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How Democrats Can Fix the Affordable Housing Crisis – News

As Joe Biden was sworn in as the 46th president of the United States, affordable housing advocates looked ahead to the coming days, months, and years with hope and trepidation.

Biden has signaled that he understands the scale of the country’s housing crisis and commensurately vast response necessary to address it. In the hours following the inauguration ceremony, Biden signed an executive order extending the CDC’s national eviction moratorium, which had been set to expire on Jan. 31, through the end of March and called on Congress to further extend it to the end of September. He also asked Congress to take on a $1.9 trillion COVID-19 emergency relief package that includes $30 billion for rental and utility assistance and $5 billion to stabilize people at risk of homelessness and to fund rapid rehousing efforts.

In a speech the week before his inauguration outlining his plans for pandemic relief, Biden drew the link between housing stability and the ongoing spread of the virus.

“Approximately 14 million Americans have fallen behind on rent,” Biden said on Jan. 14. “If we don’t act now there will be a wave of evictions and foreclosures in the coming months as the pandemic rages on. This would overwhelm emergency shelters, [and] increase COVID-19 infections as people have nowhere to go and can’t socially distance.”

As the Democratic nominee, Biden presented a lengthy checklist of housing and homelessness policies and spending plans that included universal access to Housing Choice vouchers, bolstering the Housing Trust Fund by $20 billion, reducing exclusionary zoning, reimplementing measures rolled back by President Donald Trump including Affirmatively Further Fair Housing, establishing housing as a human right, and much more. In total, Biden’s plan would spend $640 billion on housing and homelessness over 10 years. With Democrats taking back control of the Senate there is a chance of some of those ambitious, high-cost bills actually making it through Congress.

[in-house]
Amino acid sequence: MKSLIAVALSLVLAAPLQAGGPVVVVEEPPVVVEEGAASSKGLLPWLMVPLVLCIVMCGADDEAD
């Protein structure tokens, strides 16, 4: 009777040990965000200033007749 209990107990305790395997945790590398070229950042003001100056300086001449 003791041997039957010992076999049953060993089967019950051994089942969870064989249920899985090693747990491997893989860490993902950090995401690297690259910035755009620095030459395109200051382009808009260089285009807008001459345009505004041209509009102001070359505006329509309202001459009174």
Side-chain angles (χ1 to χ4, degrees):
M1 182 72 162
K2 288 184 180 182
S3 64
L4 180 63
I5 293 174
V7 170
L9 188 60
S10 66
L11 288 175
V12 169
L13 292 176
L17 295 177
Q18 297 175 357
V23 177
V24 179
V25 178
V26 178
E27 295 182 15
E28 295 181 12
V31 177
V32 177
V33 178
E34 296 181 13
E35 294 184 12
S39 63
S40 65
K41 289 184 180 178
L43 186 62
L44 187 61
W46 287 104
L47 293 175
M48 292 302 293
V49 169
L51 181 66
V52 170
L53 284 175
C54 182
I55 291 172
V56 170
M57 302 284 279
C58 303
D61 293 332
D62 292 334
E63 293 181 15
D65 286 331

Many housing advocates remain concerned, however, that the needle won’t move far enough. Low-income Americans were suffering from a lack of affordable housing long before the pandemic hit, but the pandemic has brought new challenges: billions of dollars of rental debt, a looming eviction crisis, and the prospect of long-term unemployment for millions. Coupled with the fact that Democrats have only a one-vote majority in the Senate and the reality that it will still be an uphill battle to even get some of Biden’s major housing proposals passed, the future of federal housing action remains an open question.

Still, the range of what’s possible is more open now than it has been in decades and advocates are planning to seize this opportunity to push Washington to make the substantial investments necessary to really address the housing crisis with short- and long-term solutions.

“It is remarkable that housing and especially tenancy has become a kitchen table issue,” says Noëlle Porter, the government affairs director at the National Housing Law Project (NHLP). “With housing, Black and Brown Americans have been the most burdened by our abdication of responsibility for federally assisted housing and programs that serve tenants, but we’re reaching a point where even middle-income, white Americans are unable to afford their rent and that’s when it rises to the level of a national issue. [So now,] the president has made speeches that made references to the solutions and put out policy proposals with relief at top of mind. And it is remarkable.”

Though Biden’s day-one actions were welcome relief for advocates who’ve been ringing the alarm bells about the tens of millions of renters out of work and at risk of eviction, the lobbying has already begun for Biden and Congress to aim much higher with their immediate-term housing actions.

Going Further with the Rescue

To start, the eviction moratorium Biden extended through March has significant loopholes that have allowed . . . 

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